Why Marketing Product Benefits is the Key to Better Sales Copy
When you’re selling a great product with unbeatable features, it makes sense that you’d want your market to know about those features.
For instance, if you’re selling the best automatic pool vacuum on the market, you’re going to be proud and excited to tell the world about your ergonomic design, high capacity, ease of use, the eco-friendly materials it’s manufactured with, and the fair wages you pay workers to assemble the products. You may even mention the charity that receives a portion of your profits.
If your current sales copy focuses on the features as described above, your sales aren’t where they could be. In this example, people who buy pool vacuums just want a clean pool, and they want it to clean itself while they enjoy their life. The features are secondary to their need for a clean pool.
Solutions Are Personal, Features Are Impersonal
When Apple introduced the iPod, MP3 players weren’t new, however, they were advertised according to impersonal technical specifications. For example, they were marketed as a way to “store 1GB of MP3s.”
Apple dominated the MP3 player industry by marketing the iPod as “1,000 songs in your pocket.” You can’t get more personal than that.
While there’s good reason to be excited about your product’s features, your sales copy should focus on the benefits first. Here’s why:
1. People buy solutions to their problems.
You only have a short amount of time to capture your market’s attention with sales copy. To be effective, sales copy needs to promote your product as the solution to your market’s deepest problems. There’s just one catch: you need to be certain that the problem you’re solving applies to your market.
Not Every Problem Your Product Can Solve is Your Market’s Problem
People buy solutions to their problems, not other people’s problems. People with arthritis don’t care if a pen works underwater or while they’re hanging upside down. They want a pen with a comfortable grip.
The important question to ask is, “Does my market consider this a problem, or is this someone else’s problem?” An example of how a problem may not be your market’s problem can be seen in the trend to make everything eco-friendly.
Unless the eco-friendly demographic is your market, appealing to the desire to be environmentally conscious isn’t a solution to your market’s main problem. These features should be mentioned in a bulleted list, but not make up the main content of your sales copy.
2. Features don’t always solve problems.
Normally, features don’t solve problems. They’re cool, fun and convenient, but they’re not usually solutions to a problem. For a feature to be considered a solution, it has to be the main focus of what the customer wants.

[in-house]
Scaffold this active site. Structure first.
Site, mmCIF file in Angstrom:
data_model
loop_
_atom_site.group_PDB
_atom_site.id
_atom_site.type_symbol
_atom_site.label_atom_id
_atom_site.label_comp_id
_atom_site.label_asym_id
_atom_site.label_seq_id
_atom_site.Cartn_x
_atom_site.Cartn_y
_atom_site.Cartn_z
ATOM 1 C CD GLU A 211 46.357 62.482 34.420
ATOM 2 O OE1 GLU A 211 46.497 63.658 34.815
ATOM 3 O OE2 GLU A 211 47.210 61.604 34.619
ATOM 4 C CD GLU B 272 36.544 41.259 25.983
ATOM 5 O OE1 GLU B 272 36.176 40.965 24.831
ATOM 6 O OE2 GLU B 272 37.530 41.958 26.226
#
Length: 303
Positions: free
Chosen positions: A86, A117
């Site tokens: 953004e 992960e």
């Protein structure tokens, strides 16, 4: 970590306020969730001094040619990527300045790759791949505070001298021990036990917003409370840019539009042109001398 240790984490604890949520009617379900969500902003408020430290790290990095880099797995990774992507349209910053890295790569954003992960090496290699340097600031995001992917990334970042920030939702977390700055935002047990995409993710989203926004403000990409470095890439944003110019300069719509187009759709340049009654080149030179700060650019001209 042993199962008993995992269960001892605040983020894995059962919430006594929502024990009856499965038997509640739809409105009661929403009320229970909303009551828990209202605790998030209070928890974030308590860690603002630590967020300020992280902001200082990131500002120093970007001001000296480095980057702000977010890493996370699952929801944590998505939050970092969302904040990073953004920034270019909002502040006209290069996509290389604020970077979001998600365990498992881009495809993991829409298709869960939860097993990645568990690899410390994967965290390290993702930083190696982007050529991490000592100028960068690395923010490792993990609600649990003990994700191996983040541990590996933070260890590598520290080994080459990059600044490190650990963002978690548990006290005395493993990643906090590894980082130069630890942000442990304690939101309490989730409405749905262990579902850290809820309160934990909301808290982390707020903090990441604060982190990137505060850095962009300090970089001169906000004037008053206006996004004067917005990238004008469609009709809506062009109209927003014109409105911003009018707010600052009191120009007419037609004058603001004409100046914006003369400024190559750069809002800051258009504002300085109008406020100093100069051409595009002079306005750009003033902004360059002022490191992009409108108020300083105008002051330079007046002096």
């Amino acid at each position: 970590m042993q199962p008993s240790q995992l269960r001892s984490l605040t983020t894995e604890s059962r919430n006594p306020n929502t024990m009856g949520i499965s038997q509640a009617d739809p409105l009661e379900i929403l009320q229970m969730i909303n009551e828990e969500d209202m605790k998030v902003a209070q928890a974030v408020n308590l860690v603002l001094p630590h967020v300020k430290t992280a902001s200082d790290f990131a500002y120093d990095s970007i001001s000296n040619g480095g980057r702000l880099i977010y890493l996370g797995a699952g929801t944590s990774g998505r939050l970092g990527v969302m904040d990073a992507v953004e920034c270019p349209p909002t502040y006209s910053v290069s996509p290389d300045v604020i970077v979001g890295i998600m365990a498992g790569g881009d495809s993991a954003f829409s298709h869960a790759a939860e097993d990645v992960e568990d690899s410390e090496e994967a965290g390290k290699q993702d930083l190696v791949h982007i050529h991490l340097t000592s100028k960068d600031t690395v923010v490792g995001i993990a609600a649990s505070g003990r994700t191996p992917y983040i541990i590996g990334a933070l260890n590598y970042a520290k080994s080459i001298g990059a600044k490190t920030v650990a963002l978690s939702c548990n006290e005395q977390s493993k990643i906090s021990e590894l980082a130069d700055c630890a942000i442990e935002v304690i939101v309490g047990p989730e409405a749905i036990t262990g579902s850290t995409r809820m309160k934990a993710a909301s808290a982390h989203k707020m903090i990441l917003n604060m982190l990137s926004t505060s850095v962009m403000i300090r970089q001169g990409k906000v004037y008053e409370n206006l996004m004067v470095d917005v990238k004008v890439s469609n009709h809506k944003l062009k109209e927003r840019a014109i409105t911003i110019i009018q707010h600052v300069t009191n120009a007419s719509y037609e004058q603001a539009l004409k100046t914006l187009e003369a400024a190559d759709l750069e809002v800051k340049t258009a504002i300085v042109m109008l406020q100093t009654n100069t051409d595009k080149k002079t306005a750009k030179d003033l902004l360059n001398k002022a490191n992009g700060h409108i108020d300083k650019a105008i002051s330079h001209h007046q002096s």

For instance, a yo-yo beginner wants a yo-yo that will spin for long periods of time to make learning tricks easy. Yo-yos with a fixed axle made of plastic, wooden or metal posts won’t spin as long as a ball bearing yo-yo. Choosing a ball bearing yo-yo solves the beginner’s problem of needing a longer spin time.
If you’re marking yo-yos to kids who just want to play around, they don’t care about the materials. They just want to play. In this situation, the features don’t solve a problem.
Another example of a feature doubling as a solution is with cars. Today, people expect technology to keep them connected to their network and charged up everywhere they go.
Twenty years ago, features like Bluetooth, a 3.5mm jack, a CD player and a USB port in a car were considered optional luxuries. Today, these features are standard in most cars. In this situation, these features are solutions. They contribute to the decision to purchase because they fulfill the desire to stay wirelessly connected on the road.
If You’re Stuck, Hire a Professional Copywriter
If you’re struggling with differentiating benefits from features, or identifying the problems your product solves for your market, a professional copywriter can help. Before hiring the first writer you find, understand the difference between content writers and copywriters.
Content writers craft content in the form of articles, whitepapers and video scripts. This content is usually published on blogs and web pages.
Copywriters craft content designed to get readers to take a specific action such as on landing pages, sales pages, direct mail pieces and infomercials.
Professional copywriters are trained to craft copy that emotionally hooks the reader by crafting your product’s narrative around their deepest desires and needs. They have the experience necessary to know what readers respond to, and what they ignore.
Chances are a professional copywriter has previously written for your industry and can rework your copy to gets results.
Anna Johansson is a freelance writer who specializes in social media and business development.